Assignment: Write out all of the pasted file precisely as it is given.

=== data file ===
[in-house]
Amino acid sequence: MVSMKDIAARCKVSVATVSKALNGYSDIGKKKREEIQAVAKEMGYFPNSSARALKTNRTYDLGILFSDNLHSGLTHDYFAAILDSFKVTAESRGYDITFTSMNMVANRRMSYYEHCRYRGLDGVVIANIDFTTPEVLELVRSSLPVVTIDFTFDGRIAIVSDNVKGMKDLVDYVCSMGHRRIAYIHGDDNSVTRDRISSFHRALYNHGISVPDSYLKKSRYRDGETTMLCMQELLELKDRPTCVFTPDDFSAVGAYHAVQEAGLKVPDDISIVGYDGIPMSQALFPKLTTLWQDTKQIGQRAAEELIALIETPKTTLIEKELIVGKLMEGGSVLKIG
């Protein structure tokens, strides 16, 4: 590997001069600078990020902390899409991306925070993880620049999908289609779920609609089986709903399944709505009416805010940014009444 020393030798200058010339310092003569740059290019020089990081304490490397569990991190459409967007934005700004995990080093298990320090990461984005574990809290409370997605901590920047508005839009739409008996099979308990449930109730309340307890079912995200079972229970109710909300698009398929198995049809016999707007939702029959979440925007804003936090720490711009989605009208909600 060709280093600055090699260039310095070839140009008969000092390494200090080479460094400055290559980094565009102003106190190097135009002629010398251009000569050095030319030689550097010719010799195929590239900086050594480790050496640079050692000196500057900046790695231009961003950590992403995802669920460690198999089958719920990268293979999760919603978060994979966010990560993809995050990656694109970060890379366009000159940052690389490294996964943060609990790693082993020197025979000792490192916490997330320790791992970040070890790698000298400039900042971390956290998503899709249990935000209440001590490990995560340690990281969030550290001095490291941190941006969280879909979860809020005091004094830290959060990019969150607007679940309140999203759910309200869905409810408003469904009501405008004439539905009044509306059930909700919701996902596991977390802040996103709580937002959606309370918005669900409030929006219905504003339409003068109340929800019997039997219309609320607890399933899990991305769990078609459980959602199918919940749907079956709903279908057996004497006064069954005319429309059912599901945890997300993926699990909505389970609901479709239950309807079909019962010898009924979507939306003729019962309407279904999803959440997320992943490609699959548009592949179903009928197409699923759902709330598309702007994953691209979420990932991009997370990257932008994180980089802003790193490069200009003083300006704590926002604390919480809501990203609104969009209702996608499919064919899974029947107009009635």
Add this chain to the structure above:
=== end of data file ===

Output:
[in-house]
Amino acid sequence: MVSMKDIAARCKVSVATVSKALNGYSDIGKKKREEIQAVAKEMGYFPNSSARALKTNRTYDLGILFSDNLHSGLTHDYFAAILDSFKVTAESRGYDITFTSMNMVANRRMSYYEHCRYRGLDGVVIANIDFTTPEVLELVRSSLPVVTIDFTFDGRIAIVSDNVKGMKDLVDYVCSMGHRRIAYIHGDDNSVTRDRISSFHRALYNHGISVPDSYLKKSRYRDGETTMLCMQELLELKDRPTCVFTPDDFSAVGAYHAVQEAGLKVPDDISIVGYDGIPMSQALFPKLTTLWQDTKQIGQRAAEELIALIETPKTTLIEKELIVGKLMEGGSVLKIG
């Protein structure tokens, strides 16, 4: 590997001069600078990020902390899409991306925070993880620049999908289609779920609609089986709903399944709505009416805010940014009444 020393030798200058010339310092003569740059290019020089990081304490490397569990991190459409967007934005700004995990080093298990320090990461984005574990809290409370997605901590920047508005839009739409008996099979308990449930109730309340307890079912995200079972229970109710909300698009398929198995049809016999707007939702029959979440925007804003936090720490711009989605009208909600 060709280093600055090699260039310095070839140009008969000092390494200090080479460094400055290559980094565009102003106190190097135009002629010398251009000569050095030319030689550097010719010799195929590239900086050594480790050496640079050692000196500057900046790695231009961003950590992403995802669920460690198999089958719920990268293979999760919603978060994979966010990560993809995050990656694109970060890379366009000159940052690389490294996964943060609990790693082993020197025979000792490192916490997330320790791992970040070890790698000298400039900042971390956290998503899709249990935000209440001590490990995560340690990281969030550290001095490291941190941006969280879909979860809020005091004094830290959060990019969150607007679940309140999203759910309200869905409810408003469904009501405008004439539905009044509306059930909700919701996902596991977390802040996103709580937002959606309370918005669900409030929006219905504003339409003068109340929800019997039997219309609320607890399933899990991305769990078609459980959602199918919940749907079956709903279908057996004497006064069954005319429309059912599901945890997300993926699990909505389970609901479709239950309807079909019962010898009924979507939306003729019962309407279904999803959440997320992943490609699959548009592949179903009928197409699923759902709330598309702007994953691209979420990932991009997370990257932008994180980089802003790193490069200009003083300006704590926002604390919480809501990203609104969009209702996608499919064919899974029947107009009635």
Add this chain to the structure above: